The American Civil War, also known as ‘The War Between the States’, was bloody and raged from 1861 to 1865. It was when 11 Southern slave states declared their secession from the United States and formed the Confederate States of America (“the Confederacy”).
The Confederacy fought for its independence from the United States and opposed the end of slavery, which existed as a legal institution in North America for more than a century before the formation of the United States in 1776.
Now as the 150th anniversary of the Civil War nears, there is a nationwide debate on race. Many of the celebrations in the South will not focus on the main reason of the war—slavery. In fact, at the upcoming South Carolina’s Secession Gala, the focus will be on the South´s fierce fight against the Union and will glorify the Old South. So outraged is the state´s chapter of the NAACP, it has planned a protest and vigil. Many experts say the celebrations in the South also need to celebrate the slave experience as well as pay homage to the Blacks who fought for he Union against the Confederacy. If this is not done, some historians say the historic picture is incomplete.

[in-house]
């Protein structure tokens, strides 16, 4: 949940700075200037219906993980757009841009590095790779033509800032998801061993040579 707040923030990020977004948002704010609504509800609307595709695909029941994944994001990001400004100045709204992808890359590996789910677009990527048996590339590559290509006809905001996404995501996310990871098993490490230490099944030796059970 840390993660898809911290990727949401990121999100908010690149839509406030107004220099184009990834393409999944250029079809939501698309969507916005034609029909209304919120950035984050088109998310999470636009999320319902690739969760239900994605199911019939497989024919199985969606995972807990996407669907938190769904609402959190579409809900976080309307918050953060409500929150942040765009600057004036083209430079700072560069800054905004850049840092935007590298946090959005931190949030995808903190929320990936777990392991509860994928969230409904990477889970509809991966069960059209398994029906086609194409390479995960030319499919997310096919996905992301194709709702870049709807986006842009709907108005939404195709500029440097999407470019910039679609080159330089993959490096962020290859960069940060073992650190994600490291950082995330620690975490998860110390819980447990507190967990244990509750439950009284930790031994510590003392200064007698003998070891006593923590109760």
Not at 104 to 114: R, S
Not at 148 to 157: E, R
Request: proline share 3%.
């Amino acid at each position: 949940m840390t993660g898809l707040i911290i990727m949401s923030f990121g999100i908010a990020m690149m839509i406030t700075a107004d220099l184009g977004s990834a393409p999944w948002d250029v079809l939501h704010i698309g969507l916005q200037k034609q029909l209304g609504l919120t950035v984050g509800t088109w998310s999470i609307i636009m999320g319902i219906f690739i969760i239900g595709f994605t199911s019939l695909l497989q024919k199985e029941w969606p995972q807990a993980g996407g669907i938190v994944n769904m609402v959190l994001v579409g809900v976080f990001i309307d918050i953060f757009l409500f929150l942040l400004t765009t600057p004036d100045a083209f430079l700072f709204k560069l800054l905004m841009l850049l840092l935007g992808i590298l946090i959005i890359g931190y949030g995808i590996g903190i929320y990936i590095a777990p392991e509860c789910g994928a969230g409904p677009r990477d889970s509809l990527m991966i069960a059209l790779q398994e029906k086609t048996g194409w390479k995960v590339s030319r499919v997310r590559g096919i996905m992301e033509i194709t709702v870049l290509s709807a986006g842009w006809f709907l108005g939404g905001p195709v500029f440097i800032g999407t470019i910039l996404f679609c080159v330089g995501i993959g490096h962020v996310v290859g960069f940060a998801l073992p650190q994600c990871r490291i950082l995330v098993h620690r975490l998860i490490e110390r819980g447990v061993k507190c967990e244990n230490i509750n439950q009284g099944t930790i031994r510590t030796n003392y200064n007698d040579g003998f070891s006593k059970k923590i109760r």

“The two issues that have shaped civilization since the beginning of time have been religion and racism,” says historian and International Management Consultant Edgar J. Ridley, Chairman of Edgar J. Ridley & Associates, and author of The Golden Apple: Changing the Structure of Civilization (Africa World Press). “It is hard to figure out which is worse but it is very obvious that white people seem to be in a permanent state of denial regarding race. The symbolism emanating from the Civil War is symptomatic of today’s environment as it affects Black people. The changing demographics, wherein whites are quickly becoming a minority population, have caused panic in the white community. That panic has resulted in behavior that borders on insanity.”
But not all the celebrations will overlook slavery. Over the next four years, some events in South Carolina will commemorate the freeing of slaves and the seizure of a Confederate ship by a slave. And in Virginia, a conference called “Race, Slavery and the Civil War: The Tough Stuff of American History” is planned for the fall.
But, says Ridley, the problem of race in the United States will not go away until there is an honest discussion about the vestiges of slavery. “Unless white people change the mindset that reflects their racist behavior patterns, the race problem will remain with us,” he notes.